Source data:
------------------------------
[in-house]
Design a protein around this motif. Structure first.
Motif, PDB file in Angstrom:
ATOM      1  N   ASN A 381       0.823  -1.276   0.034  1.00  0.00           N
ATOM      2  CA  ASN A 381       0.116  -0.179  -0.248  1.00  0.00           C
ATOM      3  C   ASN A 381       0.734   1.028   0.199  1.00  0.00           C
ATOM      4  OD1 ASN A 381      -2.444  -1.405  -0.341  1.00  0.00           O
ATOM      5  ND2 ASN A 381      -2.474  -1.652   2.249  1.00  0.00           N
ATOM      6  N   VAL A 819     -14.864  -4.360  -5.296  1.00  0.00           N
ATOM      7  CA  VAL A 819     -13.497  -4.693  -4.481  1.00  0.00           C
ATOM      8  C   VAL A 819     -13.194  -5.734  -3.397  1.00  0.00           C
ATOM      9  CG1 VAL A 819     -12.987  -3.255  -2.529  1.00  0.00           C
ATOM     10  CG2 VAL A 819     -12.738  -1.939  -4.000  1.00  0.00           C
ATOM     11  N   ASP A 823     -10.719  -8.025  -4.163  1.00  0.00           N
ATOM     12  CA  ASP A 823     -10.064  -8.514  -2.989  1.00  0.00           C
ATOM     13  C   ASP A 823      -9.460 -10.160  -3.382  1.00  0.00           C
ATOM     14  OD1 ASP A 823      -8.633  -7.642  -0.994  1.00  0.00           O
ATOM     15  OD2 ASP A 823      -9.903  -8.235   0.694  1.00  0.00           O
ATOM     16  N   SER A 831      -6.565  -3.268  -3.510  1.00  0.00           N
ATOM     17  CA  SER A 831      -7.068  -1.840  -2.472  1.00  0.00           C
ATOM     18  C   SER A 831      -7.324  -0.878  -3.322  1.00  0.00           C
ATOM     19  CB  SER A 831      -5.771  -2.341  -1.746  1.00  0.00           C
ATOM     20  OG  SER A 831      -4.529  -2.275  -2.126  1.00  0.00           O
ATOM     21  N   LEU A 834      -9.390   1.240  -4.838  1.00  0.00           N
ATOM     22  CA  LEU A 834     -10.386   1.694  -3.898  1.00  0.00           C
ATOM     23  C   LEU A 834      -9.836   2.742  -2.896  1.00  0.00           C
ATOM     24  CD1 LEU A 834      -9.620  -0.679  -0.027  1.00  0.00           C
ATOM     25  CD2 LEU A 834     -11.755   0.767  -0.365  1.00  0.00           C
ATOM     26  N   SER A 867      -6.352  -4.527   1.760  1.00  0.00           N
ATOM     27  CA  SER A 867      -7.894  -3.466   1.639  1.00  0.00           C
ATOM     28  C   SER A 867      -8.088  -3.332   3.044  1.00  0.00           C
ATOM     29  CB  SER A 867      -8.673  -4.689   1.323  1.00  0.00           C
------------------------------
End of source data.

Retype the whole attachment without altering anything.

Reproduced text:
[in-house]
Design a protein around this motif. Structure first.
Motif, PDB file in Angstrom:
ATOM      1  N   ASN A 381       0.823  -1.276   0.034  1.00  0.00           N
ATOM      2  CA  ASN A 381       0.116  -0.179  -0.248  1.00  0.00           C
ATOM      3  C   ASN A 381       0.734   1.028   0.199  1.00  0.00           C
ATOM      4  OD1 ASN A 381      -2.444  -1.405  -0.341  1.00  0.00           O
ATOM      5  ND2 ASN A 381      -2.474  -1.652   2.249  1.00  0.00           N
ATOM      6  N   VAL A 819     -14.864  -4.360  -5.296  1.00  0.00           N
ATOM      7  CA  VAL A 819     -13.497  -4.693  -4.481  1.00  0.00           C
ATOM      8  C   VAL A 819     -13.194  -5.734  -3.397  1.00  0.00           C
ATOM      9  CG1 VAL A 819     -12.987  -3.255  -2.529  1.00  0.00           C
ATOM     10  CG2 VAL A 819     -12.738  -1.939  -4.000  1.00  0.00           C
ATOM     11  N   ASP A 823     -10.719  -8.025  -4.163  1.00  0.00           N
ATOM     12  CA  ASP A 823     -10.064  -8.514  -2.989  1.00  0.00           C
ATOM     13  C   ASP A 823      -9.460 -10.160  -3.382  1.00  0.00           C
ATOM     14  OD1 ASP A 823      -8.633  -7.642  -0.994  1.00  0.00           O
ATOM     15  OD2 ASP A 823      -9.903  -8.235   0.694  1.00  0.00           O
ATOM     16  N   SER A 831      -6.565  -3.268  -3.510  1.00  0.00           N
ATOM     17  CA  SER A 831      -7.068  -1.840  -2.472  1.00  0.00           C
ATOM     18  C   SER A 831      -7.324  -0.878  -3.322  1.00  0.00           C
ATOM     19  CB  SER A 831      -5.771  -2.341  -1.746  1.00  0.00           C
ATOM     20  OG  SER A 831      -4.529  -2.275  -2.126  1.00  0.00           O
ATOM     21  N   LEU A 834      -9.390   1.240  -4.838  1.00  0.00           N
ATOM     22  CA  LEU A 834     -10.386   1.694  -3.898  1.00  0.00           C
ATOM     23  C   LEU A 834      -9.836   2.742  -2.896  1.00  0.00           C
ATOM     24  CD1 LEU A 834      -9.620  -0.679  -0.027  1.00  0.00           C
ATOM     25  CD2 LEU A 834     -11.755   0.767  -0.365  1.00  0.00           C
ATOM     26  N   SER A 867      -6.352  -4.527   1.760  1.00  0.00           N
ATOM     27  CA  SER A 867      -7.894  -3.466   1.639  1.00  0.00           C
ATOM     28  C   SER A 867      -8.088  -3.332   3.044  1.00  0.00           C
ATOM     29  CB  SER A 867      -8.673  -4.689   1.323  1.00  0.00           C